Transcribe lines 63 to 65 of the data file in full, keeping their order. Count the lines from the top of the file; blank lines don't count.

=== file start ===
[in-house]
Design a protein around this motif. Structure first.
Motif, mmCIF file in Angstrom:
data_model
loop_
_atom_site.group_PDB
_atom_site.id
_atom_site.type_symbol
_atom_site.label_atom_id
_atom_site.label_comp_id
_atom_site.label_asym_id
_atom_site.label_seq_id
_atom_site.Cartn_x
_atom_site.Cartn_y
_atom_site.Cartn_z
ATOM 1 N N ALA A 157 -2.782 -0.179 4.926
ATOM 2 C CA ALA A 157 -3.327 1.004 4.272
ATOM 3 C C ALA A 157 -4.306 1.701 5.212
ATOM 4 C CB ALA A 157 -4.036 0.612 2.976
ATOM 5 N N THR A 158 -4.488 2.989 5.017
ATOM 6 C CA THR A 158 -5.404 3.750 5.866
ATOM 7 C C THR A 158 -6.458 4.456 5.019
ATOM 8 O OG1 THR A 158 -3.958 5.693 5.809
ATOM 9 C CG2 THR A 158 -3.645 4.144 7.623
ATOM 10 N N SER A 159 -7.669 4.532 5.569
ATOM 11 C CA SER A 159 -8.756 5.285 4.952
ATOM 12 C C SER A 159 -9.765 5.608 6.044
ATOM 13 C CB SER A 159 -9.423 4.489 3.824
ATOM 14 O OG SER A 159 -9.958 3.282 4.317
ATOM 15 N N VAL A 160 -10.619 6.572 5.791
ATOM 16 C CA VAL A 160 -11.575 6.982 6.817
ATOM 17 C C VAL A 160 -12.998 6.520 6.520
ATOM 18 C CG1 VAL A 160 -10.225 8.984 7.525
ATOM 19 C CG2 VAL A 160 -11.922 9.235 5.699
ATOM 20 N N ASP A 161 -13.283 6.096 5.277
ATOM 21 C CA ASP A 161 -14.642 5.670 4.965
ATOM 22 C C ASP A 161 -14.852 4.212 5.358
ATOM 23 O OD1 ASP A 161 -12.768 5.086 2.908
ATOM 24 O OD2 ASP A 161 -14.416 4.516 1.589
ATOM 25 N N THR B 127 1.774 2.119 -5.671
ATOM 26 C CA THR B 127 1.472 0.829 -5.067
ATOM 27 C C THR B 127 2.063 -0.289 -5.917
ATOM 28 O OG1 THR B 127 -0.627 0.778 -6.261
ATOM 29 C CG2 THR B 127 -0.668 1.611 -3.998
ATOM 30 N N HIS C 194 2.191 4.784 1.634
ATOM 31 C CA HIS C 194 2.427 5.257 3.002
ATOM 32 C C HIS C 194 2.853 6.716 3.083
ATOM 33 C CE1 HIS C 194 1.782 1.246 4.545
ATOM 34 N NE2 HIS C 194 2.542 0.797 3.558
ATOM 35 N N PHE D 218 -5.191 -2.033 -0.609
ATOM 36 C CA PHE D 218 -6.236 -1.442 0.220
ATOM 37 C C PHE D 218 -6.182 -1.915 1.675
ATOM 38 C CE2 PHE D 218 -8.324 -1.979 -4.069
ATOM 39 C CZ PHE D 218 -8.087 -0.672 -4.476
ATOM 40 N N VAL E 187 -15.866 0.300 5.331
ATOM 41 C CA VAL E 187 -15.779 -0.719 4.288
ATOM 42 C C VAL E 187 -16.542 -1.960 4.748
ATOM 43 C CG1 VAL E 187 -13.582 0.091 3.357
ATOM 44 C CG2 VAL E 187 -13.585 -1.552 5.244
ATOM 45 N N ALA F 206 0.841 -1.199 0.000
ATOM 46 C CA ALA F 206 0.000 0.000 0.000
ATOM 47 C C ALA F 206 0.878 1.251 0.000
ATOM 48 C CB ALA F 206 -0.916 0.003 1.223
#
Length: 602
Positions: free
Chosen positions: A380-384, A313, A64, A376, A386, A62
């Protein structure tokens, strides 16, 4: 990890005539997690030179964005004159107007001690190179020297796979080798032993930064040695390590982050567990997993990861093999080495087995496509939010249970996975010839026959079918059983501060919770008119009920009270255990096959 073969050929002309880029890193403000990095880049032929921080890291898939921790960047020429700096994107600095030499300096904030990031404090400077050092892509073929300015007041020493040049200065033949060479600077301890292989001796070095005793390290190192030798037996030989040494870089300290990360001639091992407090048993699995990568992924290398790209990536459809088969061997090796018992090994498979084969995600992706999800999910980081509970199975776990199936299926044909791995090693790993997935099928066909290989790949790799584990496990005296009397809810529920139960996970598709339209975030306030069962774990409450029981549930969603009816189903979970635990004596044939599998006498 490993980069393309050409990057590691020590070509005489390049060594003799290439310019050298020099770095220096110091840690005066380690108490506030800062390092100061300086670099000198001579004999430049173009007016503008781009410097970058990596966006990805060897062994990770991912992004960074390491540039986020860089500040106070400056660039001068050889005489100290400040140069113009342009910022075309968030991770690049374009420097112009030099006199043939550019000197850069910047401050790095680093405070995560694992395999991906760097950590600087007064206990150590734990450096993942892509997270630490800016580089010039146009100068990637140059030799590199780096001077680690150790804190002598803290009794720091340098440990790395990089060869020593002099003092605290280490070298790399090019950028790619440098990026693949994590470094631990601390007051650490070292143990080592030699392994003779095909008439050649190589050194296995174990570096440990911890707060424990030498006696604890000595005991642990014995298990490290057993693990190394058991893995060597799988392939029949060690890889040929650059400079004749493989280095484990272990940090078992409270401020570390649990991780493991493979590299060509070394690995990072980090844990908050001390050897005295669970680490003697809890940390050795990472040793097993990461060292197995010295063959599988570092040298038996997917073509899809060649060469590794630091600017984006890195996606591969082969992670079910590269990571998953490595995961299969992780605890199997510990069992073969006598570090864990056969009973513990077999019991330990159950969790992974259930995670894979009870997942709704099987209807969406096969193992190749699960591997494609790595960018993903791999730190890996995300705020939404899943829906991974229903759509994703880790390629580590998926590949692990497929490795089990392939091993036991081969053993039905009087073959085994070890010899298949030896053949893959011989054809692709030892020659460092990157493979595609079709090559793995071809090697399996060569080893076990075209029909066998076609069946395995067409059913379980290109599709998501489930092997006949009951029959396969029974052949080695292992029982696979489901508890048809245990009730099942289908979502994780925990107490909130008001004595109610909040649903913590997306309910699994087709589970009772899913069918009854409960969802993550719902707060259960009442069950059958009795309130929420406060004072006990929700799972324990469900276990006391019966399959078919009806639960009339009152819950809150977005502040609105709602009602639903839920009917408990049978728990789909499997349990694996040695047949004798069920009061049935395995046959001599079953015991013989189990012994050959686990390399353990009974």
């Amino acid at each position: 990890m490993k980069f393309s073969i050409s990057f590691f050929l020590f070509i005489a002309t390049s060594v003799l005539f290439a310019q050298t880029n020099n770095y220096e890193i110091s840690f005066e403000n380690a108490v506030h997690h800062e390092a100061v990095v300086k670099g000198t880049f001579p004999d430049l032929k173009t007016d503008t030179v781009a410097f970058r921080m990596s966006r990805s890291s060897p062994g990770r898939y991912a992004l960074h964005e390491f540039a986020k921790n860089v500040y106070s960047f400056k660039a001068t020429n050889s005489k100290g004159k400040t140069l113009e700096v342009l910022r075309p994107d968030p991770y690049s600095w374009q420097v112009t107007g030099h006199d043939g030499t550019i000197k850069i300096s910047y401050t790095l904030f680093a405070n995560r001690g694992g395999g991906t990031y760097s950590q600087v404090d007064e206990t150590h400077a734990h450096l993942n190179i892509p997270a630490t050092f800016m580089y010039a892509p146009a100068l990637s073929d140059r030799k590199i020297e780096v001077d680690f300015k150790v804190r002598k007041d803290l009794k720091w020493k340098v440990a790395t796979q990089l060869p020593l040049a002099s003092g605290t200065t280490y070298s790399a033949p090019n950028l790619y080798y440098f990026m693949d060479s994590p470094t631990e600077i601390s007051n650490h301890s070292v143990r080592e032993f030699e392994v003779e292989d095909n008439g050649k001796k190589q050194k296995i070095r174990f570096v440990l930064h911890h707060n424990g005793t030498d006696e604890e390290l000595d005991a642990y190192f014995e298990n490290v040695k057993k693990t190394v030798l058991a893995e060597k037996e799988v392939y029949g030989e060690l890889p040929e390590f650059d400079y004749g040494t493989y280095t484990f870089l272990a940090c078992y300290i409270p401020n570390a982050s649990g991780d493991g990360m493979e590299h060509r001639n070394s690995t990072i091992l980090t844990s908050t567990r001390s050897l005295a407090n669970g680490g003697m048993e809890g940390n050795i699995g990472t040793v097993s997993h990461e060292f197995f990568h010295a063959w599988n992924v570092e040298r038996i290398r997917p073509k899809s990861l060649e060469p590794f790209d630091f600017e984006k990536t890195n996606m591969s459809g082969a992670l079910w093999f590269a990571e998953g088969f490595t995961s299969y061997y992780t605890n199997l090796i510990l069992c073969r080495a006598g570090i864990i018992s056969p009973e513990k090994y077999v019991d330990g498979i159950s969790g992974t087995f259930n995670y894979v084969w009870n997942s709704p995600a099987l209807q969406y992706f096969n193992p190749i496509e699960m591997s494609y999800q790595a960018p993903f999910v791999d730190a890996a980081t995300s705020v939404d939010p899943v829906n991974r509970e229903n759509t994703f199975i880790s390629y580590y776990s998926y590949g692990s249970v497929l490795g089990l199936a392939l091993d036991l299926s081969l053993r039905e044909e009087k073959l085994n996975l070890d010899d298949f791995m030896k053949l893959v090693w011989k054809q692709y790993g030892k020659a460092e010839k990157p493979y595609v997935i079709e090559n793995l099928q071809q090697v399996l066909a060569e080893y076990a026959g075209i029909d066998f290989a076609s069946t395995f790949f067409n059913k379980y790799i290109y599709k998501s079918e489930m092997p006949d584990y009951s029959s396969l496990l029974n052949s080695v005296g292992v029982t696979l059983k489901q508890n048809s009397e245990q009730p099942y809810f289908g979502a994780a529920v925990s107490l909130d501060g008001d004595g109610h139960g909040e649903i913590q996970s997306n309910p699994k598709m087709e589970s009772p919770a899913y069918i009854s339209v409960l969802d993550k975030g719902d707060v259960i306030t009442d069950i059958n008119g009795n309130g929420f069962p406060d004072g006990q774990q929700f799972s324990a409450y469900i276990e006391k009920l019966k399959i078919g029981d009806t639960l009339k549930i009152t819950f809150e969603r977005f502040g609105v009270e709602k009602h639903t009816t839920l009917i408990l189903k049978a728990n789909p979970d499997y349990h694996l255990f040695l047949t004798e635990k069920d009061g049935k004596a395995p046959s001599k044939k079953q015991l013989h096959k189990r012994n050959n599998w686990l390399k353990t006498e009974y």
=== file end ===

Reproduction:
ATOM 48 C CB ALA F 206 -0.916 0.003 1.223
#
Length: 602